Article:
No. 10: Belém, Brazil
With cocaine streaming in from Bolivia, Colombia and Peru, Belém has become a natural transit point for South American traffickers. The drug enters the city through the dense forests of the northern Amazon region by airplane or through the Amazon's many tributaries by boat, after which it is then shipped to other Brazilian cities or across the Atlantic to Europe and North Africa. That makes Belém, where the homicide rate has hit 78 murders per every 100,000 residents, an attractive piece of real estate, and violence has increased there accordingly. The city also bears the downsides of Brazil's rising prosperity. As the country has grown richer, its inhabitants have consumed more and more cocaine. The Financial Times has called this rise in cocaine consumption — Brazilians now snort or smoke some 18 percent of the global supply — the "most worrying side-effect of the country's recent consumer boom."
Beyond Latin America: New Orleans, Kingston, Jamaica, and Mosul, Iraq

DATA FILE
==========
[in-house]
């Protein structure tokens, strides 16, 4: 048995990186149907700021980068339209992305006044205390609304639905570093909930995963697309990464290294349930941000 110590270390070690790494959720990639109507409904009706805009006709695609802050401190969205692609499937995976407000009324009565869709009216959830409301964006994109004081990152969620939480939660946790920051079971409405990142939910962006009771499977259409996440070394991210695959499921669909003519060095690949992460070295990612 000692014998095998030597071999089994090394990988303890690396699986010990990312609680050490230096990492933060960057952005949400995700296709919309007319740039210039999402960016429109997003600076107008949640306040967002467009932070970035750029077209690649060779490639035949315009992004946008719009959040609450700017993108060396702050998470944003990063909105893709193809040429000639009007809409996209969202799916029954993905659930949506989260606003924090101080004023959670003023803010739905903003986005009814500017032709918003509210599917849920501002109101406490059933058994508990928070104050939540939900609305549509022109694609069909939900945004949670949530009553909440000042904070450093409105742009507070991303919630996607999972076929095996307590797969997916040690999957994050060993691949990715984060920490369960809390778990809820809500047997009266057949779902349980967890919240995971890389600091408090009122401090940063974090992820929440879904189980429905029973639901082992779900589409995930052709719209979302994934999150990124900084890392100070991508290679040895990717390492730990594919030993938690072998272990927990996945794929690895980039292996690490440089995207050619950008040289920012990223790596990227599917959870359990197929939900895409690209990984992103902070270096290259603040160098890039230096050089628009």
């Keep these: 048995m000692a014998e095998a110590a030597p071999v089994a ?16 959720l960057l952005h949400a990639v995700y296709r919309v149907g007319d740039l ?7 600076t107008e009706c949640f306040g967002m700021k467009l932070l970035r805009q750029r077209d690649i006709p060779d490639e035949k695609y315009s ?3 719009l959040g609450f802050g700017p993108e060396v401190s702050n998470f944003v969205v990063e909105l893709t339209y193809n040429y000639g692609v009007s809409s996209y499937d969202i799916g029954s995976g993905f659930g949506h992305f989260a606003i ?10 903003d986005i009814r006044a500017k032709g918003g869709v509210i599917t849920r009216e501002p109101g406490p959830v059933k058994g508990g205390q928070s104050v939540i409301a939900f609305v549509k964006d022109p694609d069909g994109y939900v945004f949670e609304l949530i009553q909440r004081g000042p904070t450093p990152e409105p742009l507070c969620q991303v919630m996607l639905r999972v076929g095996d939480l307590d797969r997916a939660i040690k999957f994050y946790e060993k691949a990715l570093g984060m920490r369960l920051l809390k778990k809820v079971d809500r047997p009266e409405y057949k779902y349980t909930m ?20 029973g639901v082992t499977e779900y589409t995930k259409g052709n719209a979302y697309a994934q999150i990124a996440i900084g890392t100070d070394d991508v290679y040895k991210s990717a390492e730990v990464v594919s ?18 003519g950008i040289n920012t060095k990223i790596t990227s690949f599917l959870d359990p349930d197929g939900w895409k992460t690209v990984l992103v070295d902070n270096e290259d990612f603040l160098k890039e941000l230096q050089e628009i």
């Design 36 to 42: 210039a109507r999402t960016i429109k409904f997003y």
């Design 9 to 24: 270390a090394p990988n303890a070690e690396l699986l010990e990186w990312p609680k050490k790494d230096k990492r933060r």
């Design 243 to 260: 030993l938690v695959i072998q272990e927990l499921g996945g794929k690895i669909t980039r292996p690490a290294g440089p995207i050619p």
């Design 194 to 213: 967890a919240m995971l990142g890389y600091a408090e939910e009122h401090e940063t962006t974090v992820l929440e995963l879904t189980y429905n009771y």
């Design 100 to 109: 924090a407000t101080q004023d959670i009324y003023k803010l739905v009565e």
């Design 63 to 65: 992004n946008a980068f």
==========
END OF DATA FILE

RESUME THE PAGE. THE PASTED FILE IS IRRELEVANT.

No. 21: New Orleans, United States
New Orleans has made massive strides in rebuilding since the devastation of Hurricane Katrina in 2005, but the murder rate — 58 homicides per 100,000 residents — stubbornly remains the highest in the United States. Although the city suffers from the same poverty and easy gun access that afflict many of the world's murder capitals, it isn't known for the kinds of organized gangs that have sent the homicide rates of many other cities skyrocketing. A 2011 federal government report concluded that murders in New Orleans mainly stem from personal disagreements that spiral out of control, or, as Police Superintendent Ronal Serpas called it, "uncommon endings to very common fights." A flummoxed city administration has sought to stop the killing by deploying "interrupters" to cool tensions on the streets after shootings and prevent more retaliatory violence. When it comes to murder, however, New Orleans remains unlike any other city in the United States.